In short, there are so many alternatives in this price range, and the A5 doesn't score a clean win when compared against them.
Verdict: Go and listen to other speakers first before deciding
And I really mean it.
I have to say it, A5 is too hyped. If we ignore that, A5 is a good pair of speakers with it's strength being "no complaints" - If you are forced to use a pair of speakers for a long time, and if that pair is A5, you may find that the bass and treble are not the most that you've heard, but over time you'll come to accept this limitation of 5" bookshelf, and after that you'll find nothing to complain about. That's the sound of A5. With the Atom v.1 I've wondered if the tweeters or crossovers or woofers are spoilt (and I even upgraded the capacitors), and with the Diamond 8.2 I've thought that it has polarity issues (but confirmed it to have none) because the sound is too unfocused (a DAC solves the problem though). I can list more - with Creative T3 it's like the entire midrange is missing, Rokit G2 5" is aggressive and fat, HS50M is thin and distort-y. Even Adam Audio A7... but that one I believe could be due to the sources so I'm reserving my comment. But I've heard two Adam A7s in separate locations so it might be the speakers. But then both sources were bad...
But the strength being "no complaints" also means that it has "no strengths" either. There should be many speakers that can beat the A5 in the areas that these other speakers are good at, if you can live with the drawbacks. Even in "natural" and "no complaints" category, I believe A5 isn't the best either. Plus, what I feel is natural to me may not feel natural to you. In view of this, I conclude A5 to be heavily hyped and isn't the unquestioned choice of speakers in the SGD$500 price range, although it still is a decent speaker at this price, with its own advantages and disadvantages just like everything else have theirs. I strongly recommend auditioning other speakers, and if after this you still prefer A5's sound, then buy it. It's definitely not a bad choice.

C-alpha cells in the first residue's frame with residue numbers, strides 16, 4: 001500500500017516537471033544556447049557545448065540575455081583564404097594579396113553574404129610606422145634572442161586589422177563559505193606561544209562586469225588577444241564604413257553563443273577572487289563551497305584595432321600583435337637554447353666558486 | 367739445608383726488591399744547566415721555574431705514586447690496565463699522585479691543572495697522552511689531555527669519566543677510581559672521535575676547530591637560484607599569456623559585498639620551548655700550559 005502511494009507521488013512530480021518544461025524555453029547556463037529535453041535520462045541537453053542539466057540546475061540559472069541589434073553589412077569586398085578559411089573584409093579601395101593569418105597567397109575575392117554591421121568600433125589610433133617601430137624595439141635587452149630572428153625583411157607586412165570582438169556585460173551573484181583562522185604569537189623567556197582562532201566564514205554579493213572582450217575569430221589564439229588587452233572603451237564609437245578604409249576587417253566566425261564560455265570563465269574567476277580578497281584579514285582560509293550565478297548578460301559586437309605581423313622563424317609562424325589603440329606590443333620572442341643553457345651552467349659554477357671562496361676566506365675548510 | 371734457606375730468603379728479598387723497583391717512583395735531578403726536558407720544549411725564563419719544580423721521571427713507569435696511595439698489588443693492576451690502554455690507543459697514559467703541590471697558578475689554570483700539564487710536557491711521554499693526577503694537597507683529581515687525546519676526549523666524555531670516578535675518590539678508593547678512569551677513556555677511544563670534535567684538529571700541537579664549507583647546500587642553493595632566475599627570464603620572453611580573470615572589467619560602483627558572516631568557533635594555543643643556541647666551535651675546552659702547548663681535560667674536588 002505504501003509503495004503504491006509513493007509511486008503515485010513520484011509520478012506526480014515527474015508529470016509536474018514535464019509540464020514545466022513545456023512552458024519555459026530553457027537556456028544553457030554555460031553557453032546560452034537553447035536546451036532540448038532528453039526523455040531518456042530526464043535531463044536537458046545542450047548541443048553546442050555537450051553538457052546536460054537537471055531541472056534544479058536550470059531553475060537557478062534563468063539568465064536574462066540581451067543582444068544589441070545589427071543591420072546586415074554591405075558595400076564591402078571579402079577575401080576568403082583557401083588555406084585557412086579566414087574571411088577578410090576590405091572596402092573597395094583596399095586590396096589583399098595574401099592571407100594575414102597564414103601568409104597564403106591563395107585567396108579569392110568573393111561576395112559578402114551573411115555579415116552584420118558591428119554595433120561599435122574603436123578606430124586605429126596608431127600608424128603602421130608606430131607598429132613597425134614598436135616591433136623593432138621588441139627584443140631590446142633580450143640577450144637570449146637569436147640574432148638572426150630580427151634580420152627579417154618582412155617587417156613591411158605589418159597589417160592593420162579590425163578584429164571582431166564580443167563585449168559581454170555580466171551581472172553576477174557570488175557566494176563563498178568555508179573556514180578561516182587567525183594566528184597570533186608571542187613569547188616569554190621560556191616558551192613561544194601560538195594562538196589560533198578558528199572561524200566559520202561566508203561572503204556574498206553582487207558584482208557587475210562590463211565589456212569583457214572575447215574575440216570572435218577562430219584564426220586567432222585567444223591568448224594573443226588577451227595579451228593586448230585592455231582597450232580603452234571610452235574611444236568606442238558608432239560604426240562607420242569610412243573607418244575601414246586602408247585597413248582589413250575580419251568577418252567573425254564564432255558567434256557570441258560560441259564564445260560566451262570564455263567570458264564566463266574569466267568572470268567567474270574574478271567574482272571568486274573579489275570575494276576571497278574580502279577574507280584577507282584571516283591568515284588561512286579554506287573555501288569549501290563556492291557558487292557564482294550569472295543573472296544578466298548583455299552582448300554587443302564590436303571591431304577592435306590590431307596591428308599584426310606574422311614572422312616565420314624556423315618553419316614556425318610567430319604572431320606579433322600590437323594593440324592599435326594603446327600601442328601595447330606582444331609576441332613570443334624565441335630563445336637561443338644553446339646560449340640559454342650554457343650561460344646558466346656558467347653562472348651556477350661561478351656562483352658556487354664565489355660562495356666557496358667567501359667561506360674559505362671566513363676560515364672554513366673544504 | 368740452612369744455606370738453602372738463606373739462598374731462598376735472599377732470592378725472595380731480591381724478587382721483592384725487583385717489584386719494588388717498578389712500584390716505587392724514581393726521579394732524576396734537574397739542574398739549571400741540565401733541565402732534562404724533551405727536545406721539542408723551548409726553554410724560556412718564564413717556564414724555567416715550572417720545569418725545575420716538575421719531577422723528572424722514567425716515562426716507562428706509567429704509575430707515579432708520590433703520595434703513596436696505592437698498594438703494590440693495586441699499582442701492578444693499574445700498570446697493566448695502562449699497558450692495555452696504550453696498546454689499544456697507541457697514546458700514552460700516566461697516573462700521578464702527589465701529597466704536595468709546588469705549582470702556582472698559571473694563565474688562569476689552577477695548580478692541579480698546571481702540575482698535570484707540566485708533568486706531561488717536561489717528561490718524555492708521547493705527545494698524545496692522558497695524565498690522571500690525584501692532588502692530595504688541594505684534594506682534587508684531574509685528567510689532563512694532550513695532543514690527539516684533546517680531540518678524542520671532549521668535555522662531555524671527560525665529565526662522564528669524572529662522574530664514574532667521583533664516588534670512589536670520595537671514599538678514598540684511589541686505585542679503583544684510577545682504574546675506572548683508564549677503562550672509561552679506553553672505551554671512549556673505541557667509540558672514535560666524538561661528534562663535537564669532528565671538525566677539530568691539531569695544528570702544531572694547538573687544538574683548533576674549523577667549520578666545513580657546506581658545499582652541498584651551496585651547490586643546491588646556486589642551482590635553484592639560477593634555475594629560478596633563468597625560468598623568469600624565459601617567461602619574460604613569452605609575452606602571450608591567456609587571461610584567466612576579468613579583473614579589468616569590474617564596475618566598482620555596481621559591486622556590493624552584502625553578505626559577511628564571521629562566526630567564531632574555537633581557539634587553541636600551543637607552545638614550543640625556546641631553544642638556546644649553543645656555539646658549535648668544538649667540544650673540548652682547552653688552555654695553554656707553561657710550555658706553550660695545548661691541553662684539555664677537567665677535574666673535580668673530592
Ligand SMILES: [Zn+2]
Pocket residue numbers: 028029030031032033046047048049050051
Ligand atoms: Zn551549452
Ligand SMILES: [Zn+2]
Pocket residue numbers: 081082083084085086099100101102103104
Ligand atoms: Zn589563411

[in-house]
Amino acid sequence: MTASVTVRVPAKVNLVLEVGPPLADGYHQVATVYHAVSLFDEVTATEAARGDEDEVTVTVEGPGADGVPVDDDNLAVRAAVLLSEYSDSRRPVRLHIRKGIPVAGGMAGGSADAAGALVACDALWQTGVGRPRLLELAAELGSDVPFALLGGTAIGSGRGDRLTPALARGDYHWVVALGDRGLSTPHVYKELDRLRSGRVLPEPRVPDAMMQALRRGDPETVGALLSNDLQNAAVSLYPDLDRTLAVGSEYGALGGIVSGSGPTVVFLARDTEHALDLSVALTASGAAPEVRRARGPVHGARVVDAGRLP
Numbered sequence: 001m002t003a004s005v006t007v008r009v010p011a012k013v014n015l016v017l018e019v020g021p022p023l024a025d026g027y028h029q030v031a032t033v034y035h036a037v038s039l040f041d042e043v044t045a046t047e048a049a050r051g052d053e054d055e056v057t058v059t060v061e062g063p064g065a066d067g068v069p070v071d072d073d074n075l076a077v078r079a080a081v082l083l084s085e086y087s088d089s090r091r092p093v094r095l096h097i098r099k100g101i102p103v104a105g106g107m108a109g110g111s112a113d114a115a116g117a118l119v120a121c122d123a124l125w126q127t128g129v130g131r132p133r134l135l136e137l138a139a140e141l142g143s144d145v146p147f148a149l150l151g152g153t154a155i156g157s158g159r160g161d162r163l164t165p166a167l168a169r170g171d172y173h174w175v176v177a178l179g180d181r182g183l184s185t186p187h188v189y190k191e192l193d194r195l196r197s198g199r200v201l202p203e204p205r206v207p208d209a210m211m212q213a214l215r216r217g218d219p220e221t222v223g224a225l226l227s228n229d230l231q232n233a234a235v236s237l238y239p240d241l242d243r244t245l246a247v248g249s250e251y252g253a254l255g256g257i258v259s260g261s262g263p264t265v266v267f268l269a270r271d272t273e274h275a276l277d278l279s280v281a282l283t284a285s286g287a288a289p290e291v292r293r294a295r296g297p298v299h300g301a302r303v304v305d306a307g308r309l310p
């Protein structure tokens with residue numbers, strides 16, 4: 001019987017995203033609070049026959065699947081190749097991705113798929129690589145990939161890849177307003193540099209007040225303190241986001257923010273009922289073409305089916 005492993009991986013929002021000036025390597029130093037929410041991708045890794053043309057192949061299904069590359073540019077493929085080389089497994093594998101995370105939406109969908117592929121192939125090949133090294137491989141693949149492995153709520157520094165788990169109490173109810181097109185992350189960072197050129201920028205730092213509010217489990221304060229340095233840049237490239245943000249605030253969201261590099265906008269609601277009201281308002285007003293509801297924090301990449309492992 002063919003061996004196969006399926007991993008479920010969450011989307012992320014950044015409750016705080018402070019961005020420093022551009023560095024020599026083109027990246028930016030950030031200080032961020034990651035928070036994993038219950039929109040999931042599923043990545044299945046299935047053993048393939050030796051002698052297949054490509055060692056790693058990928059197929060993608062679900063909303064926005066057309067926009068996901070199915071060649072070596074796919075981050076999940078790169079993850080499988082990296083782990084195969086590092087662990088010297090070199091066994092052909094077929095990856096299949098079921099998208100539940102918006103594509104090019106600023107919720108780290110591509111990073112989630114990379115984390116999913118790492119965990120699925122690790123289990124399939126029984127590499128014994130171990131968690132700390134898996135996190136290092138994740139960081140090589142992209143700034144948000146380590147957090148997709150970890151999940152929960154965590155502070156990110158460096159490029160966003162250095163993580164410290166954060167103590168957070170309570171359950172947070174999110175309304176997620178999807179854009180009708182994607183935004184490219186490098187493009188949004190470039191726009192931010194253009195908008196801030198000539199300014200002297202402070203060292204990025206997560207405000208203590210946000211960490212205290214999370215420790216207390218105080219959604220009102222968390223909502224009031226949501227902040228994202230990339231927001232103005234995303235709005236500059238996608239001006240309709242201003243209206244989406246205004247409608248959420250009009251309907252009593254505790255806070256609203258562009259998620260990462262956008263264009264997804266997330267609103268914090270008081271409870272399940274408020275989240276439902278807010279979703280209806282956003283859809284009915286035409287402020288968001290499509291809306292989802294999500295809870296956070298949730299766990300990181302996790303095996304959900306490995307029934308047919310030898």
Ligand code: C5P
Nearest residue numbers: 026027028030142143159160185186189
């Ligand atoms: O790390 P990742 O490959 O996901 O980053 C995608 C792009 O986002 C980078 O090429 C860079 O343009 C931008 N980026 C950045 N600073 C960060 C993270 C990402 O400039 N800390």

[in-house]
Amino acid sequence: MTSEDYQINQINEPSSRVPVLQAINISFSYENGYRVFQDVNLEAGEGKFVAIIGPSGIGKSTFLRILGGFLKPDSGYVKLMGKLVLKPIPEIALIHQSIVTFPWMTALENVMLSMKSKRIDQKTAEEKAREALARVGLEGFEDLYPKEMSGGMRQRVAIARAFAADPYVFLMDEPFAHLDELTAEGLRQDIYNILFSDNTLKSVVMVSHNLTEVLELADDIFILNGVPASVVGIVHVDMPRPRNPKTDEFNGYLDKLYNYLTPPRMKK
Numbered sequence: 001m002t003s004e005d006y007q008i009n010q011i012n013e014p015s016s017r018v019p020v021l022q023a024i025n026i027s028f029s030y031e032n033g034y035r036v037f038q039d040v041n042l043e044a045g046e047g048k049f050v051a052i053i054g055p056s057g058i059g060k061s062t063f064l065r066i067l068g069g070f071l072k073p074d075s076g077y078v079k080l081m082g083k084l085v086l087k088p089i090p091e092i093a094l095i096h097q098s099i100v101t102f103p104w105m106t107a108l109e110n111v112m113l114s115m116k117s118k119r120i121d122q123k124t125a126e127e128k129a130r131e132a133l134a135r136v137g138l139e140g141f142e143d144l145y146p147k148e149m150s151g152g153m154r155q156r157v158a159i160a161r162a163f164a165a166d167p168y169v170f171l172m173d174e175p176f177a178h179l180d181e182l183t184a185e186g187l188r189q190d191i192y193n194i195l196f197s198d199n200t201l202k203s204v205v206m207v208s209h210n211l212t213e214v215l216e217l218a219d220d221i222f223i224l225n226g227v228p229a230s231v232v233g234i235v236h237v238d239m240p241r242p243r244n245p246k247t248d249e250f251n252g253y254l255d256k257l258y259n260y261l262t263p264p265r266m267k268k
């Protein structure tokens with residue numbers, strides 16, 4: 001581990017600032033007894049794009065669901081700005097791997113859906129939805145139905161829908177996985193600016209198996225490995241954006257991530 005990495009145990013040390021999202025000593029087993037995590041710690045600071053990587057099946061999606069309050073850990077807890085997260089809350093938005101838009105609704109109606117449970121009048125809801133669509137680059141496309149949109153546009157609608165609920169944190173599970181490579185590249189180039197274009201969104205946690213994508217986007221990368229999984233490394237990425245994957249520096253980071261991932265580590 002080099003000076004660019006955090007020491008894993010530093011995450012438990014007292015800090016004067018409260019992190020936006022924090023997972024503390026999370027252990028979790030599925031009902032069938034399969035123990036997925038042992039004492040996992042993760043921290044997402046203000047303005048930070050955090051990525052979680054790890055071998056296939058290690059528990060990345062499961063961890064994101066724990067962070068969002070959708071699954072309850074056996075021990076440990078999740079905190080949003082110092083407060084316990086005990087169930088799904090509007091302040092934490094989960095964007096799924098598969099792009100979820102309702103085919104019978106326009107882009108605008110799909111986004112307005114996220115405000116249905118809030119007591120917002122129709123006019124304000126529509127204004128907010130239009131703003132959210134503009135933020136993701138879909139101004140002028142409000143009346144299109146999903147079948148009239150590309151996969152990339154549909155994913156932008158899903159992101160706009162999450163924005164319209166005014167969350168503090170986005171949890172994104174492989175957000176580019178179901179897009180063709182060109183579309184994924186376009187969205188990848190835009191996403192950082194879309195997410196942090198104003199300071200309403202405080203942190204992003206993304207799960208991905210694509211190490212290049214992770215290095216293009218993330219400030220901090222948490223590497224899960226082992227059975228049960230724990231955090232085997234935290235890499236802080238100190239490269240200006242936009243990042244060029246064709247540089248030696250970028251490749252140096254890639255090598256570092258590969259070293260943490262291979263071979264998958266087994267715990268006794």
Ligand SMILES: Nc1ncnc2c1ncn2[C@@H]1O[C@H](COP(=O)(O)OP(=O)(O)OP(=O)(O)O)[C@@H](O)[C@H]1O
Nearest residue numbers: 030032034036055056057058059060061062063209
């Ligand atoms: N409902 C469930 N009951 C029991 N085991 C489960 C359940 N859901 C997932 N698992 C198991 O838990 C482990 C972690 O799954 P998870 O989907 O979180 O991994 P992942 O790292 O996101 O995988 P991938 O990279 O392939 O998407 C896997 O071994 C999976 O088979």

I can understand why there is the hype. Take a group of computer users who have been using "computer speakers" all their lives. Tell them there is an awesome 2.0 5-inch bookshelf system at SGD$500 (or USD$300 for you USA residents) that can blow their MX5021, Promedia, Aego M and Bose into space. Which is true. There aren't many 5-inch bookshelves marketed as "for computer (and iPod)"; many studio monitors and passive speakers exist, but from talking to people on the internet and in real life, I learnt that many people don't know that you can use studio monitors and passive speakers + amps with their computers. (Evidence: Just look at the number of help threads involving 3.5mm to RCA converters.) Combine this fact with the "no complaint" sound of A5, you will get people who think that A5 is the best choice out there. This is a marketing win. And explains why so many consumers are recommending it.
W A R N I N G !
W A R N I N G !
This page is full of non-facts and bullsh!t, (just like the internet and especially forums and other blogs), please do not believe entirely without exercising your intellect. Any resemblance to real things in reality is purely coincidental. You are free to interpret/misinterpret the content however you like, most likely for entertainment, but in no case is the text written on this blog the absolute truth. The blog owner and Blogger are not responsible for any misunderstanding of ASCII characters as facts. *cough* As I was saying, you are free to interpret however you like. *cough*